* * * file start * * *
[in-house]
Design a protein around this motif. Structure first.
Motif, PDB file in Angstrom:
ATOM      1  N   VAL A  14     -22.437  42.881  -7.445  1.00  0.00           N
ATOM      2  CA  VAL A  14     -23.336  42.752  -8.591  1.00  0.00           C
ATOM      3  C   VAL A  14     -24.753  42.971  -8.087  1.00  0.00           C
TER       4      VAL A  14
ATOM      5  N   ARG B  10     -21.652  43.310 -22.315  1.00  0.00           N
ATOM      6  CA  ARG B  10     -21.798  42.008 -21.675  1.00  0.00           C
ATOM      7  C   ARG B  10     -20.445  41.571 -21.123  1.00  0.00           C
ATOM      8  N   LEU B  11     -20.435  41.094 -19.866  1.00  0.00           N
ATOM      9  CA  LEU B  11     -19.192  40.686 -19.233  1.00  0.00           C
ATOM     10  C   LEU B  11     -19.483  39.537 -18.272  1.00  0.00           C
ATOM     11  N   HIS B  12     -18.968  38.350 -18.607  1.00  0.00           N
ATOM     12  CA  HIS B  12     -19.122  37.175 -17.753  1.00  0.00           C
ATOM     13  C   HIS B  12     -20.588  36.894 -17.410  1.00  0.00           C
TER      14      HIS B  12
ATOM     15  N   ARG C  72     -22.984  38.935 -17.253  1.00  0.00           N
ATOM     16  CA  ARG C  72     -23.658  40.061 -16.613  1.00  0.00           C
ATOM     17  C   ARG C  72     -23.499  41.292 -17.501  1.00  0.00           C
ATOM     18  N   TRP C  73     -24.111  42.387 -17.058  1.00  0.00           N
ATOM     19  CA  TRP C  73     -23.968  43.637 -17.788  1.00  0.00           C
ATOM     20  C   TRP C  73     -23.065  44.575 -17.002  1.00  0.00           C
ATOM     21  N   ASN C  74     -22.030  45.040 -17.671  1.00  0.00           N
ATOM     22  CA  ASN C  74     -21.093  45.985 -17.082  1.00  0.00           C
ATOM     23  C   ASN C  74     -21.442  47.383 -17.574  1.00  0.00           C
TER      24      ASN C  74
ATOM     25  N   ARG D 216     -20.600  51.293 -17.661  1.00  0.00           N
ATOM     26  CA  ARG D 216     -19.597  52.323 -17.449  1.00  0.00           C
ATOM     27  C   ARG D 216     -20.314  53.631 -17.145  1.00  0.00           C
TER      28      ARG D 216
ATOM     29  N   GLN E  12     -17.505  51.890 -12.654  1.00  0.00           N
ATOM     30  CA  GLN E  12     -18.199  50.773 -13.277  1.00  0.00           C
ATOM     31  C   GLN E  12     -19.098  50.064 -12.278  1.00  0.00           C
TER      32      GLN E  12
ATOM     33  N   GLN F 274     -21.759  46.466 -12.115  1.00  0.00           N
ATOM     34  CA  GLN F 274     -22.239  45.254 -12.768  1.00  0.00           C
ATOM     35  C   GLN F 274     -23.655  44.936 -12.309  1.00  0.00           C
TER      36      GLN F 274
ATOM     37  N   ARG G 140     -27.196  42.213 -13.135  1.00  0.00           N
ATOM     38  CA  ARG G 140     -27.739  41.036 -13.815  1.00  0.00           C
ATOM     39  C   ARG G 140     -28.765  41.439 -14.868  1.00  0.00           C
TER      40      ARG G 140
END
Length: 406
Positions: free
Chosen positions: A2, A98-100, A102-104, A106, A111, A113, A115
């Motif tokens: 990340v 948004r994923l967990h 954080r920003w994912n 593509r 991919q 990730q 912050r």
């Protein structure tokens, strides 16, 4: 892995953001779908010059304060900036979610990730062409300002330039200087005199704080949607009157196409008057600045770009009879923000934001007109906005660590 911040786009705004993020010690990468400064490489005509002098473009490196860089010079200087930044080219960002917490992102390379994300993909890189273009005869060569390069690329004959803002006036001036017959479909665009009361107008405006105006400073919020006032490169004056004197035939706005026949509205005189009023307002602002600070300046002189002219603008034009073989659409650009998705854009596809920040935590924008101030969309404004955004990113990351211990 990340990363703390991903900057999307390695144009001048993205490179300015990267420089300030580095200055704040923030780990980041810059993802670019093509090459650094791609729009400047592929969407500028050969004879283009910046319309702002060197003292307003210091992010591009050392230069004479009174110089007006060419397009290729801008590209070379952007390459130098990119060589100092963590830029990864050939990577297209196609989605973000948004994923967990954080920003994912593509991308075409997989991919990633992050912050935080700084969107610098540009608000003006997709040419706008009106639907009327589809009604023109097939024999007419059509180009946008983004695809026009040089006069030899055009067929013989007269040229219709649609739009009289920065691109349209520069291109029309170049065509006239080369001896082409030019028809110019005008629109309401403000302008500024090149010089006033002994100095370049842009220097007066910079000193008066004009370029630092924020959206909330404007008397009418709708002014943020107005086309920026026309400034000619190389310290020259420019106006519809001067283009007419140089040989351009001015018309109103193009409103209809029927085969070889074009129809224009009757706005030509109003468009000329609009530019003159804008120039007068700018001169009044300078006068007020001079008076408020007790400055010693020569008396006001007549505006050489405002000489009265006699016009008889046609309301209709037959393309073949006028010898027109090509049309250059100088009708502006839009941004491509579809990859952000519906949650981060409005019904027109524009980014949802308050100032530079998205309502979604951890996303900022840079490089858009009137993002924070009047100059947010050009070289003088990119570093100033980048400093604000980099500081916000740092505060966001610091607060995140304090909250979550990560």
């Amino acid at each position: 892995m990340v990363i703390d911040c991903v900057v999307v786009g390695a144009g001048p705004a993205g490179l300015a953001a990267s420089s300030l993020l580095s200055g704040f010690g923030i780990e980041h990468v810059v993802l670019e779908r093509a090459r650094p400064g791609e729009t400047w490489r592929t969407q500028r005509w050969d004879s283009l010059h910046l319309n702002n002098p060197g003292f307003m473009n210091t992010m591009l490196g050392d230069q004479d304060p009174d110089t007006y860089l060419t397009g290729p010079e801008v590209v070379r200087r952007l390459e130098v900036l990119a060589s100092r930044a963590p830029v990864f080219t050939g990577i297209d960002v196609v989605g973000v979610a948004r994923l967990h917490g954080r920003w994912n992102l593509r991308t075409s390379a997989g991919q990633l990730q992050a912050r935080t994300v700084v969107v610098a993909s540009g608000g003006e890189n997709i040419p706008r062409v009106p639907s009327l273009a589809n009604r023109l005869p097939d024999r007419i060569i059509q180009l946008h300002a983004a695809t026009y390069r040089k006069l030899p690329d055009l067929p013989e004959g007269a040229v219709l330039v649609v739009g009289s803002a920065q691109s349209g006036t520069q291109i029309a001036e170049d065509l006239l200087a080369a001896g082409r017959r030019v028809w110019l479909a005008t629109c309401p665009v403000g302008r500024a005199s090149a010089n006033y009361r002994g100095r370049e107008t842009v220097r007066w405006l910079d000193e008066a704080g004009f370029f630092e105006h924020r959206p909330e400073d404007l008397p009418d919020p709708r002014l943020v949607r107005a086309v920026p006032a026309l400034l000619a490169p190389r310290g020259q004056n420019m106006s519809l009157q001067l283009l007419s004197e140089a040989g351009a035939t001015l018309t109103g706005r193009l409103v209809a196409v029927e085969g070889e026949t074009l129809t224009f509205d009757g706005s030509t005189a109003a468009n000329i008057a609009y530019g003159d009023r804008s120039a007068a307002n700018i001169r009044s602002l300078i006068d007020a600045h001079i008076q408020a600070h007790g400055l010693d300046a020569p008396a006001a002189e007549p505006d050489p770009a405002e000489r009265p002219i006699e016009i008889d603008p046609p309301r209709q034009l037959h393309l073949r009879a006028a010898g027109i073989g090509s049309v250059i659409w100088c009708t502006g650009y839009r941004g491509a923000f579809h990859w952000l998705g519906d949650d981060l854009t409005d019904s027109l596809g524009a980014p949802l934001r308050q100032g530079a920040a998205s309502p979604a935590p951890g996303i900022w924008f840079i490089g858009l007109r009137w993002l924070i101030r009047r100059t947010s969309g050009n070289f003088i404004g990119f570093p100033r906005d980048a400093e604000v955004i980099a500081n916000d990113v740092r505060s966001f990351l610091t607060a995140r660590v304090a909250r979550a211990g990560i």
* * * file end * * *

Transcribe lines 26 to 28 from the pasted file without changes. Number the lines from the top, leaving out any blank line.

ATOM     23  C   ASN C  74     -21.442  47.383 -17.574  1.00  0.00           C
TER      24      ASN C  74
ATOM     25  N   ARG D 216     -20.600  51.293 -17.661  1.00  0.00           N